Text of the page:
Some interesting figures published today by the Centre for Economics and Business Research on the mismatch between taxation and spending across the ‘regions’ of the UK. The Centre has looked at the revenue raised in each ‘region’ and the money spent there to come to a series of conclusions about the extent to which poorer regions receive a ‘subsidy’ from the richer ones.
The most obvious headline from a nationalist perspective is the conclusion that Scotland receives no net subsidy from the rest of the UK. No doubt the SNP will be delighted with that conclusion; I certainly would be in their position. It’s further evidence that there is no hard economic argument against Scottish Independence.
There are caveats, of course. As I’ve noted before when discussing this sort of statistical analysis, the most important element is understanding what the underlying assumptions are; changing those could have a significant effect on the figures. In this case, one key assumption, from a Scottish viewpoint, is about the proportion of oil revenues which would accrue to Scotland. The authors have used the split suggested by Aberdeen University, which gives Scotland 83% of the total. I think that’s an entirely reasonable basis for calculation – but it’s clear that many of those arguing that an independent Scotland would be near-bankrupt are using a very different basis.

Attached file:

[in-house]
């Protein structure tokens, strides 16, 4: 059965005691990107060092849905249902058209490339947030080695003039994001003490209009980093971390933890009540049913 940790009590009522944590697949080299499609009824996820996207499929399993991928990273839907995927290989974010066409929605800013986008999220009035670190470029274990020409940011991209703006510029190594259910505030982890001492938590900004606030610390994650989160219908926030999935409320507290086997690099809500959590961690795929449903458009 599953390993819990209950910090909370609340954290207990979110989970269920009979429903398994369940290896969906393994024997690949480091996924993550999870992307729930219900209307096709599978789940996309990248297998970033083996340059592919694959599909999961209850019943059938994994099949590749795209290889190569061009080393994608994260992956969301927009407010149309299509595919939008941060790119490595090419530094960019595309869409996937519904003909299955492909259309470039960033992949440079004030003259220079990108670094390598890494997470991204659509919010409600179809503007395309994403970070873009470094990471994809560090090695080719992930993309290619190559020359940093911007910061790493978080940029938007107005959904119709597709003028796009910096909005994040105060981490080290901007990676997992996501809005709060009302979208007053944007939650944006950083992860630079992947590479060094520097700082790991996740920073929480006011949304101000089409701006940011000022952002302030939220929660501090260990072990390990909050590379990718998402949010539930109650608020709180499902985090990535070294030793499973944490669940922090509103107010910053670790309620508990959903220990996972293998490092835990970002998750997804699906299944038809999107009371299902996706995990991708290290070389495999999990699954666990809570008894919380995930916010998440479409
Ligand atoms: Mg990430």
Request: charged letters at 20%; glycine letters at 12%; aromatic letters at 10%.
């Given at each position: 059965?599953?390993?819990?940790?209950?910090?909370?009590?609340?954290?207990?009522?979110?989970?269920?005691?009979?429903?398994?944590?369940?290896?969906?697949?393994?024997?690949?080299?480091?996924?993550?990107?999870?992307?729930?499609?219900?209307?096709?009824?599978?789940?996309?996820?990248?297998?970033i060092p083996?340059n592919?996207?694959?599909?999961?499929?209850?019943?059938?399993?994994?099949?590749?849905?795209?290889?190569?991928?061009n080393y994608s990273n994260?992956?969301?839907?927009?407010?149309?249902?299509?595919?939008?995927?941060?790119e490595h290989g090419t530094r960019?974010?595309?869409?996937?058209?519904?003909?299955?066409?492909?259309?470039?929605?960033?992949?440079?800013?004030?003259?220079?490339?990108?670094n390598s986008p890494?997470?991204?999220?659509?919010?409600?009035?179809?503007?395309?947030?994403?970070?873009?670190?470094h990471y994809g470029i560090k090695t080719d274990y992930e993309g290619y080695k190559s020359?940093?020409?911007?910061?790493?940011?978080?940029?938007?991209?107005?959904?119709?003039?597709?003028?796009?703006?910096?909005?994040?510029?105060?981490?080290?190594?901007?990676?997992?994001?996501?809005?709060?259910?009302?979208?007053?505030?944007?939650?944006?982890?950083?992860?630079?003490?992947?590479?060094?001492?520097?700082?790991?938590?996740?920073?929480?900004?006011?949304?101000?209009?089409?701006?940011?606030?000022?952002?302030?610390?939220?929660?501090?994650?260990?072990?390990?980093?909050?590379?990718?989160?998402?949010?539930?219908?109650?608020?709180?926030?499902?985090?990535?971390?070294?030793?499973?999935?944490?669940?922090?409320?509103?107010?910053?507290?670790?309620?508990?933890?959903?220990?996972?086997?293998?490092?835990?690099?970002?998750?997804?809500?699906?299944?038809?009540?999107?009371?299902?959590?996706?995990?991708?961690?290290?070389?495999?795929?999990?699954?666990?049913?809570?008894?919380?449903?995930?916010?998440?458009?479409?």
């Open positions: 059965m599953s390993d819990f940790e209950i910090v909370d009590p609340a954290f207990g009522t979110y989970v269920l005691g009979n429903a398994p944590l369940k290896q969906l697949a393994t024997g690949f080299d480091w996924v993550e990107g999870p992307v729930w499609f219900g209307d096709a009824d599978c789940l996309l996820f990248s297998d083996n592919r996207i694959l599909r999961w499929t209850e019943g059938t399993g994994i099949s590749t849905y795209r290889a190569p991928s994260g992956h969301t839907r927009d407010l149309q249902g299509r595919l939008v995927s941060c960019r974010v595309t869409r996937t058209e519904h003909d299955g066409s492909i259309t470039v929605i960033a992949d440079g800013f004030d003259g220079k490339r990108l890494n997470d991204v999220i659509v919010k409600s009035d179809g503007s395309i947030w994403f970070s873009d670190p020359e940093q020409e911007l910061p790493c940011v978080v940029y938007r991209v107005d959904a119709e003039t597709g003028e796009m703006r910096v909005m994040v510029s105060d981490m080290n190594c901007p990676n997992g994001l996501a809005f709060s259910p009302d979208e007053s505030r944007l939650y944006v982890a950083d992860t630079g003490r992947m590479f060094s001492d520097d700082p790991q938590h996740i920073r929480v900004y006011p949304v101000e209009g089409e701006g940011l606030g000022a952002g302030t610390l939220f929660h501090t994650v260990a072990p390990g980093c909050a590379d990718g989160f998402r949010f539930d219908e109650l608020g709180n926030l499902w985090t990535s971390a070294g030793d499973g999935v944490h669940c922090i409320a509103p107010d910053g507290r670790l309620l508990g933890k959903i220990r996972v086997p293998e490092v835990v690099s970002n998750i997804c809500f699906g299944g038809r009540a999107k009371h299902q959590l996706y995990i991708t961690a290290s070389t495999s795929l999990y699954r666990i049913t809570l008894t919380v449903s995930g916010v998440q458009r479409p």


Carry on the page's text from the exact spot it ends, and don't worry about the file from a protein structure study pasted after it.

The other big caveats are that these are figures at a point in time – reflecting a single year – and that they assume that expenditure patterns for an independent Scotland would follow a similar pattern to those of the UK. Again, that’s an assumption which is open to challenge. Still, it’s good news overall for Scotland.
The figures for Wales make for much more gloomy reading, however. They emphasise yet again how poorly our economy is performing. Whilst the North East of England is not far behind Wales, only Northern Ireland is in a worse position. We have a lot of ground to make up.
What the figures also show is the extent to which the UK’s economy is skewed towards London and the South East, with the north and west of England uniformly failing to cover expenditure from taxes raised. I don’t like the word ‘subsidies’ in the way it’s used here to describe the way in which expenditure is redistributed to enable public services to be maintained outside the south and east of England, but it’s not an entirely unfair word.
The real question is how we stop redistributing the proceeds of uneven GDP and start redistributing the GDP more evenly. It’s not handouts or subsidies that we need; it’s a sound economy of our own.